Note: This post was first written by me for asiapundits.com but I thought I would re-post it on my own blog as well.

29 comments:

  1. I love your blog! It's awesome! s2s2s2s2 (from brazil lol)

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  2. Hiya,

    Its sad to read this. It seems my Korean in-laws are quite different from yours. Apart from having to sit on the floor with them when we eat, I feel that I am well respected. I often disagree with my mother in-law's point of views and I am usually quite honest with her. I can see that it does make her frown some of the time, but I do manage to change how she thinks some of the time.

    I wonder what other "westerners" married to Koreans think as well. It'd be interesting to carry out a large scale survey to see what most of us think.

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    1. Yes, I have heard from others who have more lenient and forward thinking in-laws in Korea, but also a few others that have things much worse than me. Things aren't so bad with me, but I do feel somewhat trapped regarding freedom of expression with them and this hinders me enjoying their company that much.

      I too would be interested to see the results of such a survey.

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  3. I totally agree with you. My Korean in-laws who have lived in England and America long time make me so confused with so much responsibility as a family member and without any openness or respect as a person. I might have less understanding or freedom than you as a Korean woman who grew up in Korea. They live in America but have double standards to me and their white son in laws. They are hard to understand and just force whatever they think and want with age and family status. I just gave up to know them personally or try to understand each other...I just try to avoid them day by day with little lies as much as possible..so sad...

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    1. Yes, it is a real shame and they are shooting themselves in the foot, much like my in-laws.

      I really like my in-laws as they are nice people, but they simply will not be flexible enough to try and understand me as a person and I cannot share any frustrations and troubles with them. There is only so far a relationship can go if you can't have an honest dialogue and truly listen and empathise with each other.

      Thanks for commenting.

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  4. Geez, you are indeed a terrible son in law, I mean seriously, only bring your in laws gifts 3 times a year? how stingy is that? I mean would it kill you to just bring something like a bag of apples each time you go see them, I mean seriously, how much could a damn bag apples cost?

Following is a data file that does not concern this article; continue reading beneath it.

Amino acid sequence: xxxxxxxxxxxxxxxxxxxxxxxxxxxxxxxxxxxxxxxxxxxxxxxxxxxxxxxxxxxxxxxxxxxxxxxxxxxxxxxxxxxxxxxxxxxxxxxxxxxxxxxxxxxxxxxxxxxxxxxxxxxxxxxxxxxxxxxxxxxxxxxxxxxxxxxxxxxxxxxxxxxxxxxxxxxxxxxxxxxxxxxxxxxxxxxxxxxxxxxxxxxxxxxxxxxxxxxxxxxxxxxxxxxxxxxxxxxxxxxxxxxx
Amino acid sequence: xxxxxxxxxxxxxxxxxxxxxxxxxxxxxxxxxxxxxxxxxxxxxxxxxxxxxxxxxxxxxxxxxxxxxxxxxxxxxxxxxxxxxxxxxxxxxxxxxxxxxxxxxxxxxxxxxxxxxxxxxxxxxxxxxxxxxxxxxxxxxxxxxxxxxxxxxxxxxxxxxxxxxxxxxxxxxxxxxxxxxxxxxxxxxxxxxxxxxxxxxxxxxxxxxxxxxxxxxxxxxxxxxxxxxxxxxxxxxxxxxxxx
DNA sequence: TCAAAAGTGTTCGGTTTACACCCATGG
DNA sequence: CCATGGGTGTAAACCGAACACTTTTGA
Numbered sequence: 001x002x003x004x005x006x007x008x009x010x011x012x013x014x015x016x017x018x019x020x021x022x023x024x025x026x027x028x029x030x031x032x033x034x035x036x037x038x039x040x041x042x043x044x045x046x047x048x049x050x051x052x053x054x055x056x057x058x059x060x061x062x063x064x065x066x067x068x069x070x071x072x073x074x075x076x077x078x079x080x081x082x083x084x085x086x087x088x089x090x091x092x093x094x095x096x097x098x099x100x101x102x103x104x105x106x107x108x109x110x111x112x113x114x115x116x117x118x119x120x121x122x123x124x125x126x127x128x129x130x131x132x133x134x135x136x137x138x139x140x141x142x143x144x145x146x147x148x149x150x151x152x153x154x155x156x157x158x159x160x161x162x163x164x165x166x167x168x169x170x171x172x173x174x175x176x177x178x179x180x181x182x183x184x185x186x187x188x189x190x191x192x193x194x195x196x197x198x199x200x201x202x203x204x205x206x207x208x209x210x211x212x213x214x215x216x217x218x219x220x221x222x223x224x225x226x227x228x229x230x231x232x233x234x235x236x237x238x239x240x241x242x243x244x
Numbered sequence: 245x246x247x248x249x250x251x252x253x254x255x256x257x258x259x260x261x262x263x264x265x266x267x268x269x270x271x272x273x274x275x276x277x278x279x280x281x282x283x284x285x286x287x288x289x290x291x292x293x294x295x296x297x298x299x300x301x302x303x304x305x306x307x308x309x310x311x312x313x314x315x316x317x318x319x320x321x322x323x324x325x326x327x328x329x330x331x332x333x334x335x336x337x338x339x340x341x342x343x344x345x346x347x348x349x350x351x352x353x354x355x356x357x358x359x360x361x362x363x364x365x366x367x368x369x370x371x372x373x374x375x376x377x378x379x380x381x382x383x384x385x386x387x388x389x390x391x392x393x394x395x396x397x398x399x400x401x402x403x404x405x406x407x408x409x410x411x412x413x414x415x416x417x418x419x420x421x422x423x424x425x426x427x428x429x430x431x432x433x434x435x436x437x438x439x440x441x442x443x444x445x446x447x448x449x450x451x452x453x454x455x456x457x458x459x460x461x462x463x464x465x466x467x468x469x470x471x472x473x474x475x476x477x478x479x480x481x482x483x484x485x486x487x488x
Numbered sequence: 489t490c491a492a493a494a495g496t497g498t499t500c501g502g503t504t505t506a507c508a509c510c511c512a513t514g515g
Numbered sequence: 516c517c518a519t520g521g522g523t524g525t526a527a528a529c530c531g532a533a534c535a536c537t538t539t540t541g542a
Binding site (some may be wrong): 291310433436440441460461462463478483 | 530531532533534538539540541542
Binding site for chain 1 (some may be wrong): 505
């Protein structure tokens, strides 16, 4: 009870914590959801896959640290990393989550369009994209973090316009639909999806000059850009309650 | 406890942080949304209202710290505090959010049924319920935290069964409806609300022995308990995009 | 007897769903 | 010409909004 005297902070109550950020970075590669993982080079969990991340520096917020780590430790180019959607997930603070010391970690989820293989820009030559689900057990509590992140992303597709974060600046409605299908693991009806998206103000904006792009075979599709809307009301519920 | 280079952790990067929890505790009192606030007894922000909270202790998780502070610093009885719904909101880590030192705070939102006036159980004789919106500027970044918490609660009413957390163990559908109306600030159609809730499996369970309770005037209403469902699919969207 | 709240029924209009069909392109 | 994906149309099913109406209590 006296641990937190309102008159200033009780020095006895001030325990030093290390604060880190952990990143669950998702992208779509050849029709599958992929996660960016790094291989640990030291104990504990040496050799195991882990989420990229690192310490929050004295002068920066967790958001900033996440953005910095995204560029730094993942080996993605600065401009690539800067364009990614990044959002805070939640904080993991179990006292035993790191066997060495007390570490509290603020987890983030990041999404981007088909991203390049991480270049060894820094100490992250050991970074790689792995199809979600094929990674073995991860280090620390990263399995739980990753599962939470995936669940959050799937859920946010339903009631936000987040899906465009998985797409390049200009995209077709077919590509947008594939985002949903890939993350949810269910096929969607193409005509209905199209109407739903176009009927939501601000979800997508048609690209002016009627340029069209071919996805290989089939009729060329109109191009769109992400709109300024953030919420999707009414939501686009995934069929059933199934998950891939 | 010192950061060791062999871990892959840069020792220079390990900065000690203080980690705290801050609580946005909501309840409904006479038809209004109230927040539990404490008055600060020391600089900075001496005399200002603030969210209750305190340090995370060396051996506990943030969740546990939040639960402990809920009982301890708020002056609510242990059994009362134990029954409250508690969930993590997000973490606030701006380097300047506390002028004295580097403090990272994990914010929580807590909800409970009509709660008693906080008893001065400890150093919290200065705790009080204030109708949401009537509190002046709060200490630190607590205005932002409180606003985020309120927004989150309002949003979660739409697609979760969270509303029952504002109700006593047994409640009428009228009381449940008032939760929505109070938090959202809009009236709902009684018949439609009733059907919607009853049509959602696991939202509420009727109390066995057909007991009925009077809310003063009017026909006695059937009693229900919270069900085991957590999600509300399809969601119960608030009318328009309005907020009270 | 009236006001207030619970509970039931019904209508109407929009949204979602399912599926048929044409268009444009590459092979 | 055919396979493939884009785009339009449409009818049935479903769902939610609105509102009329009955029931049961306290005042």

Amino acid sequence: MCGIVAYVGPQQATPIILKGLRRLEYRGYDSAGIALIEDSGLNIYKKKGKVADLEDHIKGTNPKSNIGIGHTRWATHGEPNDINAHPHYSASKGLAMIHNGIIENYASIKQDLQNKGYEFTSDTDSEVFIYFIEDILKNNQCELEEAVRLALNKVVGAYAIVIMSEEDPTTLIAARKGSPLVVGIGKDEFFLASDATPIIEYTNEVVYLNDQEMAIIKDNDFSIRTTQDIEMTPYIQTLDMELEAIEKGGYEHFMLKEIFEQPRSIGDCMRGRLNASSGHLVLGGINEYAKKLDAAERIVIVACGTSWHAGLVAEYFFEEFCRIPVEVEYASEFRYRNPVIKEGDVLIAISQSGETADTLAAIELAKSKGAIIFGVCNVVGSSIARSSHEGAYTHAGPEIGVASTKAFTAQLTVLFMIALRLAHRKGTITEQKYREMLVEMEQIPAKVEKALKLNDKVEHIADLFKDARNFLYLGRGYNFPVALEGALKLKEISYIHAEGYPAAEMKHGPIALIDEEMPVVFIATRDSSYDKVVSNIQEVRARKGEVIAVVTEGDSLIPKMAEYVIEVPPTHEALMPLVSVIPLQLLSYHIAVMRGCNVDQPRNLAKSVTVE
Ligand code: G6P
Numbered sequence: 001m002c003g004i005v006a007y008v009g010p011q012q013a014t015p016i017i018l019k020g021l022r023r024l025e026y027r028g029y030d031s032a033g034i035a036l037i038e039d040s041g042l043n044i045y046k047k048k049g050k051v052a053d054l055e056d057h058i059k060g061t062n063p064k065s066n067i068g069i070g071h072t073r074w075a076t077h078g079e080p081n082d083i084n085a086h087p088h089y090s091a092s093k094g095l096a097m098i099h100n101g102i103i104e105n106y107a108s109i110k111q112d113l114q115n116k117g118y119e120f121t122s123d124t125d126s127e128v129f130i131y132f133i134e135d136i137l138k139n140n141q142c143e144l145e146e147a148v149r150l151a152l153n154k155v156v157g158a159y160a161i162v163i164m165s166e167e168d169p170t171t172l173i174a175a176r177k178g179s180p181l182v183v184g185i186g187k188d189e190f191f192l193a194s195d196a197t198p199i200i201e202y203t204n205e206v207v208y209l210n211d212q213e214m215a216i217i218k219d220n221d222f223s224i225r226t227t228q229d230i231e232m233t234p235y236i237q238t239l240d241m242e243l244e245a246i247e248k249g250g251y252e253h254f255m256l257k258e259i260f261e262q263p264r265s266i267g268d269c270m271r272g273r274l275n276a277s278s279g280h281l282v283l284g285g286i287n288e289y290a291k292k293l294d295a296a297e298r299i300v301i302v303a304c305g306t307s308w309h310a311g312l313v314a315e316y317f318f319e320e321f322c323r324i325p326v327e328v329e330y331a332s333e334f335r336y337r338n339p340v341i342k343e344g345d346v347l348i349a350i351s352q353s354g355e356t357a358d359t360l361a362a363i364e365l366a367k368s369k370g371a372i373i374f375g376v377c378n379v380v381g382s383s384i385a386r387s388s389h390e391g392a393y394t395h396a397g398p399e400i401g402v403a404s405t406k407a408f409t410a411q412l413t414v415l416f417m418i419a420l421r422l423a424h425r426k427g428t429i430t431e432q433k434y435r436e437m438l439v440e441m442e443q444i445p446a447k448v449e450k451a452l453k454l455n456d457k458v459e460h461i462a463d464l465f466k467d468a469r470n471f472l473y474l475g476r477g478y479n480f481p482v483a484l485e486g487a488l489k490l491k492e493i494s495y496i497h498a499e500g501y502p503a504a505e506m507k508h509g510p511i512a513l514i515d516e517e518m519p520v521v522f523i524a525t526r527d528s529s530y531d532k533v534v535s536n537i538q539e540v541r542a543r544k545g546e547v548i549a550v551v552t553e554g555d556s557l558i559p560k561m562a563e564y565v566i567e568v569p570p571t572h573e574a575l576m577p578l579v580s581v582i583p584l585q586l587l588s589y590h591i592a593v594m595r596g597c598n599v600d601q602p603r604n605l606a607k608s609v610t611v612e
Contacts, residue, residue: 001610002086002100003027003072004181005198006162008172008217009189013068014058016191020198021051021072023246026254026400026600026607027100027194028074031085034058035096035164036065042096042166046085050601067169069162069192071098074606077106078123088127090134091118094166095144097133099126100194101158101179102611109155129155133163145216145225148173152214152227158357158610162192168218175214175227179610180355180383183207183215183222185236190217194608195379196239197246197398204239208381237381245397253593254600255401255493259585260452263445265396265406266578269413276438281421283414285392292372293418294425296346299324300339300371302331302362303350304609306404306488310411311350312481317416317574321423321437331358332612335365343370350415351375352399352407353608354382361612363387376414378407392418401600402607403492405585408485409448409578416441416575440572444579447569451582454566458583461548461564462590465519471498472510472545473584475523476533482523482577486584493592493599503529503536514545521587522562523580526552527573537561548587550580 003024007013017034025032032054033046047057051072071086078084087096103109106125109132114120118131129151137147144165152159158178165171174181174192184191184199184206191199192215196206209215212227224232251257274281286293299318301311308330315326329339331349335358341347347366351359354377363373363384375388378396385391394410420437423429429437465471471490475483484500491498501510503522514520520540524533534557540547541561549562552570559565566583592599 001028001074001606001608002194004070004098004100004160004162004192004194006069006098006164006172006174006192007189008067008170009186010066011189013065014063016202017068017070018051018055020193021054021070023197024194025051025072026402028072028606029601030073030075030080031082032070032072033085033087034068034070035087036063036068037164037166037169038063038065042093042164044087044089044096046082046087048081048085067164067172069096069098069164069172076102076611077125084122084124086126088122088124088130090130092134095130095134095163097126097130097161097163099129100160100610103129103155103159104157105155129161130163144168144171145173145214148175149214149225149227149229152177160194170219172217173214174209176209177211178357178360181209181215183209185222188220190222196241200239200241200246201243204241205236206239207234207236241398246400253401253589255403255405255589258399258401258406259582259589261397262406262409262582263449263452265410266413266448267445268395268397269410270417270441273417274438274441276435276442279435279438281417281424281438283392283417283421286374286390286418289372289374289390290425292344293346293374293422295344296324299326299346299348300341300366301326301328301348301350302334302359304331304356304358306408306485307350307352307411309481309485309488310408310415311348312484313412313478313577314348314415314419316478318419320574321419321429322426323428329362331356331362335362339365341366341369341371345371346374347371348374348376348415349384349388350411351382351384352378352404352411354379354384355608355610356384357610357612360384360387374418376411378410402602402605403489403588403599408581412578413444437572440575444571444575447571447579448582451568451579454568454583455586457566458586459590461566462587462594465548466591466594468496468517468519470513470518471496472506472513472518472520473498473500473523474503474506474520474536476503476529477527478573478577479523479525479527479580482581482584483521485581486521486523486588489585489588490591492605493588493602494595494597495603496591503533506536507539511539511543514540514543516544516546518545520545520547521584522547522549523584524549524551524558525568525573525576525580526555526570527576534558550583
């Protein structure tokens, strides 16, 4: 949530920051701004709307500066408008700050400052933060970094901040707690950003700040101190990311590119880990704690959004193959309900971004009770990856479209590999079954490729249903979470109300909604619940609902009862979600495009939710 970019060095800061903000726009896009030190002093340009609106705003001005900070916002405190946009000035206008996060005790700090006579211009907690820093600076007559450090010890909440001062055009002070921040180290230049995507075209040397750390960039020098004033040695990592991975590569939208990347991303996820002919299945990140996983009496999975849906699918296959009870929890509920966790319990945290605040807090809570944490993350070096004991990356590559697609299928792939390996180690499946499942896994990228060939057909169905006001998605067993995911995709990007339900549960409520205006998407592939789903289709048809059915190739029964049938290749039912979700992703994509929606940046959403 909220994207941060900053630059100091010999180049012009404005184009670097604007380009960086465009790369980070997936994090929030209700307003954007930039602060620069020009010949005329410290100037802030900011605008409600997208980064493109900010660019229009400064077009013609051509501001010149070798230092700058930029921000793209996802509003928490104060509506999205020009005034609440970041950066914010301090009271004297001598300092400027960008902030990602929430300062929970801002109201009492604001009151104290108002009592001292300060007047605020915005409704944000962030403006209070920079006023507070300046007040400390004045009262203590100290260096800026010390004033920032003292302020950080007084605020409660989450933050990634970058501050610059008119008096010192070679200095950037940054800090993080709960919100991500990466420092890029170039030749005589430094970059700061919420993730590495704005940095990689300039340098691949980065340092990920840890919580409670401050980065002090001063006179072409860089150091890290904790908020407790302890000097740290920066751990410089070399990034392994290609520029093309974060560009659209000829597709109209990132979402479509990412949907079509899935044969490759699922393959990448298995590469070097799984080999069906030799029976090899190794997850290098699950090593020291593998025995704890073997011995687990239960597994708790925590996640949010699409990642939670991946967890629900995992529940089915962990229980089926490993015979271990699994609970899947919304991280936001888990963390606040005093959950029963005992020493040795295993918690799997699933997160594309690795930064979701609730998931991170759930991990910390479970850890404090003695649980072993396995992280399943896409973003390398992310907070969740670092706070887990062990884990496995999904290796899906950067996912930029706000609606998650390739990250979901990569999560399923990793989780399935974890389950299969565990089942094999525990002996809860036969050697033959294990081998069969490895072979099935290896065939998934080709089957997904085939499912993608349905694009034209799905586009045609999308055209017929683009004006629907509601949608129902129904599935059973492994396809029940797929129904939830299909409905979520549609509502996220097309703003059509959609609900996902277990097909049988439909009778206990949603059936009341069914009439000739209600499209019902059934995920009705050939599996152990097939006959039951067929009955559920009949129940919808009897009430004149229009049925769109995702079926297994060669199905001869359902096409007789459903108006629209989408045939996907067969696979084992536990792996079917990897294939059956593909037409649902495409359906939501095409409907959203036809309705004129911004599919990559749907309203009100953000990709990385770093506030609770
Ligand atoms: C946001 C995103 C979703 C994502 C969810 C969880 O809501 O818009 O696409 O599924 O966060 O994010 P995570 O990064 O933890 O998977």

but this problem with you westerners, your damn principles.

    ie I will not bring my in laws even a lousy bag of apples that probably cost less than the amount I spend on a lousy toothbrush.

    Seriously, do yo have to be like this.

    you really came across like a jerk to me.

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    1. Perhaps what you don't understand is that I am funding their daughter through nursing college and have generally paid for most things since we met. This is not unusual in Eastern culture and I have accepted this responsibility because being an English teacher in Korea is a relatively easy, well-paid job compared to being a nurse (which is what my wife was). It would have been unfair for my wife to pay equally because she was paid less and worked about 100 times harder than me.

      To be fair, I think her parents appreciate this and don't think I am that much of a jerk for not bringing them a few apples occasionally.

      I think it is important to find some compromise between cultures. In my country, men and women usually pay equally in a relationship, unless they have child and the women is looking after it. We also don't tend to spend very much money on our in laws. I'm trying to meet them halfway and it is the principle as much as anything, as you said because Korean in-laws can be quite demanding and usually run the show.

      I am prepared to give up some of the freedoms I might enjoy in my own culture with respect to my in laws, but not all of them, and subtle shows of non-compliance like not adhering to Korean gift buying culture is a better option than direct confrontation because, like I said in the post, that really isn't an option.

      You are entitled to think I am a jerk though, I probably am.

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    2. glad to see you think yourself as a jerk too.

      just like so many western women these days considers being called a " bitch" is something that should be wore around as a badge of honor.

      I wonder what is going come next? would western women considers being a whore as a compliment next?

      because as far I can see, that is already start to happening a bit.

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    3. Take it easy. I don't know, I was trying to extend an olive branch and be a bit humble, but you sure didn't take that invitation.

      You now sound more like a person with a chip on their shoulder than someone who honestly read my post and just thought I was being unreasonable. I could be wrong, but you are not giving a very good impression of yourself.